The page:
Article

Chemokines control naive CD8(+) T cell selection of optimal lymph node antigen presenting cells

Cell Biology and Viral Immunology Sections, Laboratory of Viral Diseases, National Institute of Allergy and Infectious Diseases, National Institutes of Health, Bethesda, MD 20892, USA.
Journal of Experimental Medicine (Impact Factor: 13.91). 11/2011; 208(12):2511-24. DOI: 10.1084/jem.20102545
Source: PubMed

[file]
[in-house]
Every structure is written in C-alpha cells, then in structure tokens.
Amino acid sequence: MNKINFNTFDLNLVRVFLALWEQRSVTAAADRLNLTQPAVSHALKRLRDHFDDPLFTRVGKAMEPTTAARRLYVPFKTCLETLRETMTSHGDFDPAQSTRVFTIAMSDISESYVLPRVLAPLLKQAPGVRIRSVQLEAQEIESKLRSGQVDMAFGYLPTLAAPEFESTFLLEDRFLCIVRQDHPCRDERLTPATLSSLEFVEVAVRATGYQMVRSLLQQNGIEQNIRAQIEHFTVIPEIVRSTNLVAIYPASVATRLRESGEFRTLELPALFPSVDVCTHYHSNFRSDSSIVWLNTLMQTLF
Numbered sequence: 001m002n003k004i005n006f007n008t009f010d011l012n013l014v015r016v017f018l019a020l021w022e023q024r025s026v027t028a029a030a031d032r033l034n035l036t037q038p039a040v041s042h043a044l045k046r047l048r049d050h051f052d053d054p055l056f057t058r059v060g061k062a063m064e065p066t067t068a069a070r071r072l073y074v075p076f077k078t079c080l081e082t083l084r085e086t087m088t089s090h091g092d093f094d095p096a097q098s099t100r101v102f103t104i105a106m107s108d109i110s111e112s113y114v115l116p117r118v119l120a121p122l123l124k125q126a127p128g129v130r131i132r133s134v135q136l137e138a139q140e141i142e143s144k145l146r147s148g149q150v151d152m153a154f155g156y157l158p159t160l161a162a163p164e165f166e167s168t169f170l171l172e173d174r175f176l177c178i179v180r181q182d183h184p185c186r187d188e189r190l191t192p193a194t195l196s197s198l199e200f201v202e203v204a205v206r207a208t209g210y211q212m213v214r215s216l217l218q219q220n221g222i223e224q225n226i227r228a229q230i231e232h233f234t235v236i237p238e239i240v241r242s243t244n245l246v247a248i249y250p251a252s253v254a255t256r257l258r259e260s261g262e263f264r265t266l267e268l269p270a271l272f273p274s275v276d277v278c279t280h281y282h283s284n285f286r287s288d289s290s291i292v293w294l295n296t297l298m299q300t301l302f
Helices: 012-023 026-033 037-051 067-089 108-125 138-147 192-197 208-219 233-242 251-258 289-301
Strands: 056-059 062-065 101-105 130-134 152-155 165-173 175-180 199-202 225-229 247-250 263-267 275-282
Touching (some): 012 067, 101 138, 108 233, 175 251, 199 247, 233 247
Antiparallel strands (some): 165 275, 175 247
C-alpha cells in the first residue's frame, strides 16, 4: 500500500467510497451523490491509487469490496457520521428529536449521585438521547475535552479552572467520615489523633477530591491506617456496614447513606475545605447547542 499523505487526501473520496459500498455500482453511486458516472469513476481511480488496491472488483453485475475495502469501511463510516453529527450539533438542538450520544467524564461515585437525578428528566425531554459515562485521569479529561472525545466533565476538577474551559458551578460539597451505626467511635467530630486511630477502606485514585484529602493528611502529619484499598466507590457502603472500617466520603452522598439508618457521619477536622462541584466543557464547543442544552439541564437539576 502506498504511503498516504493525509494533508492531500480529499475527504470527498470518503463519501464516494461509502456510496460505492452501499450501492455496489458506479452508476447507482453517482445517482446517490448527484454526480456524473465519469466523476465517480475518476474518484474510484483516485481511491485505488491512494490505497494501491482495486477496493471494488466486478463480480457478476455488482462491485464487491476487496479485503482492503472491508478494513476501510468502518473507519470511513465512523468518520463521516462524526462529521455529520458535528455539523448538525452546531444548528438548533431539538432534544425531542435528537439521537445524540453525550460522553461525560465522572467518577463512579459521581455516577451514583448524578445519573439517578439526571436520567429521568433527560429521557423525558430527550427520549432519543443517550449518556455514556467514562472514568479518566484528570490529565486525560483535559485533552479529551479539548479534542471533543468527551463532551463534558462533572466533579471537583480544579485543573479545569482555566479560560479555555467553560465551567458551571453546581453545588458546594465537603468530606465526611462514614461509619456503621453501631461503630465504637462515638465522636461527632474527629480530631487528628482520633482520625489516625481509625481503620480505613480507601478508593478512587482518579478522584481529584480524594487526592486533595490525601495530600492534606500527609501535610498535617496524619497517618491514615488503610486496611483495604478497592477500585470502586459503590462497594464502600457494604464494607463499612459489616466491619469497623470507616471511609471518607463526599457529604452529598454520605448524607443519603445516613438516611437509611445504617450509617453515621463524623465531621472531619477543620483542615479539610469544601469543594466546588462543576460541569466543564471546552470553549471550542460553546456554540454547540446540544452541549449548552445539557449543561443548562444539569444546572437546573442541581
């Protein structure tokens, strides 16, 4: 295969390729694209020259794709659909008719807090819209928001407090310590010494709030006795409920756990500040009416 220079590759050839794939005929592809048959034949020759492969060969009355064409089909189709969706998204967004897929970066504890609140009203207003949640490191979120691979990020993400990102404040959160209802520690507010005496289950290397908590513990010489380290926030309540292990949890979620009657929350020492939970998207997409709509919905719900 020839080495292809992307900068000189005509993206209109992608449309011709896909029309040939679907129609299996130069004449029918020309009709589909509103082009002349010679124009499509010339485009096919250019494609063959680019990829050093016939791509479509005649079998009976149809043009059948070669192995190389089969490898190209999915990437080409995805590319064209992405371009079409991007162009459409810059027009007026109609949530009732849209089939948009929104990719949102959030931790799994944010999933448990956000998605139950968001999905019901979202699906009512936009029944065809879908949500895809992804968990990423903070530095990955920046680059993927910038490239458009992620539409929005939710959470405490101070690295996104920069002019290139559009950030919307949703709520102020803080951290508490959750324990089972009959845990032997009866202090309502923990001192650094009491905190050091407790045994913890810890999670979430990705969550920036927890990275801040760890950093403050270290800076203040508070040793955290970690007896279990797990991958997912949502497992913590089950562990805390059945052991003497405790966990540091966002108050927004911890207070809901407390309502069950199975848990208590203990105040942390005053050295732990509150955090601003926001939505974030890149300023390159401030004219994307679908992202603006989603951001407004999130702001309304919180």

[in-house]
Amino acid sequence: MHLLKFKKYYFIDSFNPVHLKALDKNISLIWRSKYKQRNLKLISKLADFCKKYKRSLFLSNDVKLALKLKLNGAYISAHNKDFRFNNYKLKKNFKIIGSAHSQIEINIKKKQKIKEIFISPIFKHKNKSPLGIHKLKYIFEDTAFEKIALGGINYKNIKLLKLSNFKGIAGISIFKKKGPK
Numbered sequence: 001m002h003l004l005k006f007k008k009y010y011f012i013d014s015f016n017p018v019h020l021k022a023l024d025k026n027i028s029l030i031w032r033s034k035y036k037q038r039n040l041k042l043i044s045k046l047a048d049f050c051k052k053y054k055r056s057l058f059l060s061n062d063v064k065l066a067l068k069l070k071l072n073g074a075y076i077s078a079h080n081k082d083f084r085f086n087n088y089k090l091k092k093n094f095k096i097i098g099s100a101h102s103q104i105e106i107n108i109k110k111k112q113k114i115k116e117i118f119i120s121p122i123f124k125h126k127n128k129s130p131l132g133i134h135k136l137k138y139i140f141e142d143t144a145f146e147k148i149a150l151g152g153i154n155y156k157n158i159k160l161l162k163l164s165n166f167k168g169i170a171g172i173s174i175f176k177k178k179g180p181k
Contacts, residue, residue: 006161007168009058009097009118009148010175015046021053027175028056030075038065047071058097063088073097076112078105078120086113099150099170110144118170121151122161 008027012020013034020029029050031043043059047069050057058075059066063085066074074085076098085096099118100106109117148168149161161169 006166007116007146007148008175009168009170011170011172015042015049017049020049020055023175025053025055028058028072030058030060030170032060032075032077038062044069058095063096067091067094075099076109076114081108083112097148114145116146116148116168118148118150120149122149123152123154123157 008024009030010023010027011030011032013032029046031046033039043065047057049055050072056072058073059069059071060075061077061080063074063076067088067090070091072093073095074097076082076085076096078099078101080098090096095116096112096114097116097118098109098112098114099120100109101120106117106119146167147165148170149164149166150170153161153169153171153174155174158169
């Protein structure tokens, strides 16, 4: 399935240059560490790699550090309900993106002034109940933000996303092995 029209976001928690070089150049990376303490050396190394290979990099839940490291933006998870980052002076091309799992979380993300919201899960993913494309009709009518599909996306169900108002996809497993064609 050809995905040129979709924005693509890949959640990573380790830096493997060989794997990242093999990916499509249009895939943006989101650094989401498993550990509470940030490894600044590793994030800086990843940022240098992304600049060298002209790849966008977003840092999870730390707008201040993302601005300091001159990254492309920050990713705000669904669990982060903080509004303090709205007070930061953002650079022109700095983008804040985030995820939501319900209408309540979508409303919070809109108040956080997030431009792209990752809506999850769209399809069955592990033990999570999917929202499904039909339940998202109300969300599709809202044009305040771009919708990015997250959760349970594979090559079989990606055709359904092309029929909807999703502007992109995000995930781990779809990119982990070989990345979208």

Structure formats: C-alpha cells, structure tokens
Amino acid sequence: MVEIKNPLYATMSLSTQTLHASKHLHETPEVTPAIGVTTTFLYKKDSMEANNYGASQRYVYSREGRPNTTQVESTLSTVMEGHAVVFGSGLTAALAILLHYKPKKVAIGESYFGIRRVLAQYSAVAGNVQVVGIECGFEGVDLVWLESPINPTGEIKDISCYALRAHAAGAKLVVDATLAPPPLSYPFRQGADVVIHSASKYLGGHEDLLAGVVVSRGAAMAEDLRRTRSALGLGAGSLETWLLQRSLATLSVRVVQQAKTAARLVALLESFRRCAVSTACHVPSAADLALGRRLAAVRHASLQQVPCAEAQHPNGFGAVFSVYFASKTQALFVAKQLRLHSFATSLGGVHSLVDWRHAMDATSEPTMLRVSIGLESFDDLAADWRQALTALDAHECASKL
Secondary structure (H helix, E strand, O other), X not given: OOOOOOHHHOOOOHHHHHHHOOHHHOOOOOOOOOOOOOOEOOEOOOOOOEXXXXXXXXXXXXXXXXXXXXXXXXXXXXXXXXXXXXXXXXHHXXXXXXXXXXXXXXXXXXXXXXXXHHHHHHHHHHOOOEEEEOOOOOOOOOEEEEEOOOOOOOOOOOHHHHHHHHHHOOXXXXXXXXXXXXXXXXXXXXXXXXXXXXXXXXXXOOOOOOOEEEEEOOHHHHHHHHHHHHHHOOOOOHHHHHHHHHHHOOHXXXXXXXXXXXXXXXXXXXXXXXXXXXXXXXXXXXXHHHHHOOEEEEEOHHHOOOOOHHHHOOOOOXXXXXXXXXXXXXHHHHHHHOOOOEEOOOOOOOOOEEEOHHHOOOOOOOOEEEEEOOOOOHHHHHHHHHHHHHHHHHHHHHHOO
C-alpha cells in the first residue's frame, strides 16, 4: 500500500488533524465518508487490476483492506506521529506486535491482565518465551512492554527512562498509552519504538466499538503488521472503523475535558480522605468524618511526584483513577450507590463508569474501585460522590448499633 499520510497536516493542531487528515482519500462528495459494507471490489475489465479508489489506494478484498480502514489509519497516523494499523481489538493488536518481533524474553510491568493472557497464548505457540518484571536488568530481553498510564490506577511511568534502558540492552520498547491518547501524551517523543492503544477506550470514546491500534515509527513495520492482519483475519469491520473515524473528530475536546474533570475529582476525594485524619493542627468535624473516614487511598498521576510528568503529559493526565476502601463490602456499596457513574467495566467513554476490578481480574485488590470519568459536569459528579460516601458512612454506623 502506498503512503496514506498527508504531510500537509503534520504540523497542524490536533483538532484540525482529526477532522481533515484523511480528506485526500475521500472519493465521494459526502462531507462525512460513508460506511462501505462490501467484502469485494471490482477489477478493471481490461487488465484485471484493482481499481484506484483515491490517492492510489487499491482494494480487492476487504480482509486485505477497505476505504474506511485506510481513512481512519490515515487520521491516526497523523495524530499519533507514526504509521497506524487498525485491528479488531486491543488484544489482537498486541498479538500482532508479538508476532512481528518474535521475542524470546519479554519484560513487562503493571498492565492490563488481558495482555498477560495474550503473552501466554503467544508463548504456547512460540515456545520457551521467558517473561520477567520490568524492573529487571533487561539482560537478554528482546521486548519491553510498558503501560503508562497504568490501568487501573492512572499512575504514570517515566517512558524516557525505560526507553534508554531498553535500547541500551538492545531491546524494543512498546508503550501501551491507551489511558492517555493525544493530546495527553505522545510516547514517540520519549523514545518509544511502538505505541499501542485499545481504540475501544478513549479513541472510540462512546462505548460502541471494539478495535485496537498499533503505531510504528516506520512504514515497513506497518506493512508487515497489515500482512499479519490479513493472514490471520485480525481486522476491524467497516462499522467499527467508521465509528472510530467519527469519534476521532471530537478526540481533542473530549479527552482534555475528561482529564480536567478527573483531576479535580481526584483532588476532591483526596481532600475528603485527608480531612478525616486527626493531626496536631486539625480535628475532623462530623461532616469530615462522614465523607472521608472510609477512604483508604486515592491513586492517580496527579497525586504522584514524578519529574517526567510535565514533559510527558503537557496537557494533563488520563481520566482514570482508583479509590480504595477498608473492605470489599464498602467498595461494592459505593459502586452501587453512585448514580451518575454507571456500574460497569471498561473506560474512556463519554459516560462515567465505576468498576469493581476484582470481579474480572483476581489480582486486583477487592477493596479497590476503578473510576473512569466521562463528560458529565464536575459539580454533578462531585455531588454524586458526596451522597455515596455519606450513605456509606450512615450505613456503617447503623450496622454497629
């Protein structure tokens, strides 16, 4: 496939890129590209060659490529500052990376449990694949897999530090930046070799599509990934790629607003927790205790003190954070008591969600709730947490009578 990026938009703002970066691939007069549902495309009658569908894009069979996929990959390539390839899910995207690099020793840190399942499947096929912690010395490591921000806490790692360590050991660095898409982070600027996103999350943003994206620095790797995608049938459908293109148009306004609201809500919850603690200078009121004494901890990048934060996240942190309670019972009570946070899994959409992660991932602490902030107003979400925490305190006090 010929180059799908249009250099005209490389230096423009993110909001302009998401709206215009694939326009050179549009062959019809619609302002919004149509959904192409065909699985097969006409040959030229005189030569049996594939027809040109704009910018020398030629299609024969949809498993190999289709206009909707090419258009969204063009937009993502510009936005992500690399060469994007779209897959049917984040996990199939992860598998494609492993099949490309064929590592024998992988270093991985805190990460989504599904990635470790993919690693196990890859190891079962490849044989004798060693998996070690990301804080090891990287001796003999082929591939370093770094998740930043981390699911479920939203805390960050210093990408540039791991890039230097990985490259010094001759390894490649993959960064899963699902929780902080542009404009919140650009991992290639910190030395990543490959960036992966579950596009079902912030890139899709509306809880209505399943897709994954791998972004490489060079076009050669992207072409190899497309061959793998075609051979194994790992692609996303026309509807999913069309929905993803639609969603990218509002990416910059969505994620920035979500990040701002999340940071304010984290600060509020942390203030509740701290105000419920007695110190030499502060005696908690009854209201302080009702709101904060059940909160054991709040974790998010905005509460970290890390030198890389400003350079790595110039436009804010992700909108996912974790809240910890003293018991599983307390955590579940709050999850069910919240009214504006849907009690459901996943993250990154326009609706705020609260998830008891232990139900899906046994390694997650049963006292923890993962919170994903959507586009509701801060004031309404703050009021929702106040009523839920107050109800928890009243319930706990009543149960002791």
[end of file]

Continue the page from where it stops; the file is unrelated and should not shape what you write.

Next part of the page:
ABSTRACT Naive antiviral CD8(+) T cells are activated in the draining LN (DLN) by dendritic cells (DCs) presenting viral antigens. However, many viruses infect LN macrophages, which participate in initiation of innate immunity and B cell activation. To better understand how and why T cells select infected DCs rather than macrophages, we performed intravital microscopy and ex vivo analyses after infecting mice with vaccinia virus (VV), a large DNA virus that infects both LN macrophages and DCs. Although CD8(+) T cells interact with both infected macrophages and DCs in the LN peripheral interfollicular region (PIR), DCs generate more frequent and stable interactions with T cells. VV infection induces rapid release of CCR5-binding chemokines in the LN, and administration of chemokine-neutralizing antibodies diminishes T cell activation by increasing T cell localization to macrophages in the macrophage-rich region (MRR) at the expense of PIR DCs. Similarly, DC ablation increases both T cell localization to the MRR and the duration of T cell-macrophage contacts, resulting in suboptimal T cell activation. Thus, virus-induced chemokines in DLNs enable antiviral CD8(+) T cells to distinguish DCs from macrophages to optimize T cell priming.

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